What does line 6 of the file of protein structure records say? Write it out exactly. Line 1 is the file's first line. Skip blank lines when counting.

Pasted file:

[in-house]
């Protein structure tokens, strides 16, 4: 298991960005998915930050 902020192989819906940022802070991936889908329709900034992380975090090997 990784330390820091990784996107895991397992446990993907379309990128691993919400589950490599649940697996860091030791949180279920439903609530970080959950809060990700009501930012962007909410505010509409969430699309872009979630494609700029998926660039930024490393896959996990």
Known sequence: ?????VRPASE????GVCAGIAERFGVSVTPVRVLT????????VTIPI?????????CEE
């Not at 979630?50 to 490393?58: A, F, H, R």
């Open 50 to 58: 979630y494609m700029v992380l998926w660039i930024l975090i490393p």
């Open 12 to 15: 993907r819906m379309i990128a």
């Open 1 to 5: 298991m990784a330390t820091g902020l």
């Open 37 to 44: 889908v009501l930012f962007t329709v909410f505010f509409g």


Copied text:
């Open 12 to 15: 993907r819906m379309i990128a």